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Archaeo News 

22 December 2010
Prehistoric burials unearthed in Vietnam

Archaeologists from Vietnam's Archaeological Academy and the Ha Giang Provincial Museum have excavated the Khuoi Nang cave (North Vietnam), discovering remains that date back between 4,000 and 7,000 years.
     Associate professor and PhD Trinh Nang Chung, who headed the dig team, said that they have uncovered two cultural layers reflecting two distinct periods of development. Among the most fascinating finds was a pair of tombs built for an adult and child. The remains of both bodies were discovered among a carefully constructed pile of stones. According to local archaeologists, a formalized prehistoric burial site is considered a rare find in Vietnam.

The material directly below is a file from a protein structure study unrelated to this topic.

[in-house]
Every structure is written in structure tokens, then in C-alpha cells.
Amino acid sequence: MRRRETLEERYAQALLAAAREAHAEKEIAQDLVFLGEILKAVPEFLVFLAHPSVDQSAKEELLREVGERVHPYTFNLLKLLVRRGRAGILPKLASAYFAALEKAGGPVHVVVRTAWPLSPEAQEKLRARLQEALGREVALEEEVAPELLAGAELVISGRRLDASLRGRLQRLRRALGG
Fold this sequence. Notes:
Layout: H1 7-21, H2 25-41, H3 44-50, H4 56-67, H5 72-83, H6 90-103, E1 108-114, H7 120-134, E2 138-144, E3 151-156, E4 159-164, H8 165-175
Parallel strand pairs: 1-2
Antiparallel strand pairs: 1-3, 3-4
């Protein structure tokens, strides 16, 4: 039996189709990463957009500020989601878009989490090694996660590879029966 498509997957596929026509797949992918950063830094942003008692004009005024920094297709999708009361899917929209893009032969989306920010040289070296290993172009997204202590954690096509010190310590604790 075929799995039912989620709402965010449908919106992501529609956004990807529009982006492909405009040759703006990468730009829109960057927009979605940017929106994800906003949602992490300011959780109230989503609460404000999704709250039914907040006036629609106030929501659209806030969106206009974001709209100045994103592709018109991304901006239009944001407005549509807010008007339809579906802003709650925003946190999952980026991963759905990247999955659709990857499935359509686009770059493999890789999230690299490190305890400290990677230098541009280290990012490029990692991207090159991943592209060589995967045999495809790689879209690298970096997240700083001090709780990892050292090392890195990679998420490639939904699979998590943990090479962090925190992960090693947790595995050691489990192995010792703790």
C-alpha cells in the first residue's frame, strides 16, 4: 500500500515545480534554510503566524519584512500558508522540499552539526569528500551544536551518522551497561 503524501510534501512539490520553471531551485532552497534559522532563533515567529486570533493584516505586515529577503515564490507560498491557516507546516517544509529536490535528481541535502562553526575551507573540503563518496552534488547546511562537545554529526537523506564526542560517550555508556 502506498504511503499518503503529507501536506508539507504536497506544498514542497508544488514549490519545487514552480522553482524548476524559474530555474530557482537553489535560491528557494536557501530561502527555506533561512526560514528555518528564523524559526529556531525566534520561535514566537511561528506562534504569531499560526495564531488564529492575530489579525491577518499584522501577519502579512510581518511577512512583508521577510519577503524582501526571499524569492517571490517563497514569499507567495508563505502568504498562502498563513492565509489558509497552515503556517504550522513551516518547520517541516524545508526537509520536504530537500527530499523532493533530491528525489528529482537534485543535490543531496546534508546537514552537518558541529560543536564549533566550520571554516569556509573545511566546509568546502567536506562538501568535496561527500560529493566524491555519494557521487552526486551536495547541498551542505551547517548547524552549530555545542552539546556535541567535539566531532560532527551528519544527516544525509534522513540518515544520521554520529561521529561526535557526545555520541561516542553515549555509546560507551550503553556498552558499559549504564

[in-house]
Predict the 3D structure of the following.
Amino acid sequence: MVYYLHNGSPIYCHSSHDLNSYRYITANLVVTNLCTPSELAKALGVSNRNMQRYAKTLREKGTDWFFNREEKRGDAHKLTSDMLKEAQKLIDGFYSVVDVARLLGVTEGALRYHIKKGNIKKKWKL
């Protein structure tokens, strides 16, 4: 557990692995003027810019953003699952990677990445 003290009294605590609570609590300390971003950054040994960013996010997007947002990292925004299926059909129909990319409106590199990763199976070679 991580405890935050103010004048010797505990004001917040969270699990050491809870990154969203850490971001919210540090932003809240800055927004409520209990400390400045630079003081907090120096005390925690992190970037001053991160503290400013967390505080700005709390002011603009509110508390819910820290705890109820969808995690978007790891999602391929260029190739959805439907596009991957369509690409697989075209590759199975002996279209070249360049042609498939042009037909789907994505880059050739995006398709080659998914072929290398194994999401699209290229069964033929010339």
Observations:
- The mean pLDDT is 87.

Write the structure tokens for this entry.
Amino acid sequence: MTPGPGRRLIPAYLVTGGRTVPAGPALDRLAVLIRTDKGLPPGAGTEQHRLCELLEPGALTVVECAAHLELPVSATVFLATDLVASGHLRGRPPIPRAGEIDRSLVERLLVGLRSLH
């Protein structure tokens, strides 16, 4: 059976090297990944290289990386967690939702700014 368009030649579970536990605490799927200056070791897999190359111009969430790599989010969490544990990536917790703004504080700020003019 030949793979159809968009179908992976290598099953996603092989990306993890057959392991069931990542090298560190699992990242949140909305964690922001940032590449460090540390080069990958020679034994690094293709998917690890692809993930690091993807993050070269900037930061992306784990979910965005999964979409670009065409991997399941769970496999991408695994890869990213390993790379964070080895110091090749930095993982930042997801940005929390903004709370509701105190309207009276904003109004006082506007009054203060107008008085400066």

Hundreds of stone-tools (knives, axes and mattocks) were also discovered at the site. Besides the tools, a good amount of 'red stone powder' (probably ochre) was found, which is thought to have been used as funerary body ornamentation.
     According to Dr. Nang Chung, Khuoi Nang cave was used by many generations of prehistoric people. Further research of the site is underway.

Edited from Thanh Nien News (17 December 2010)

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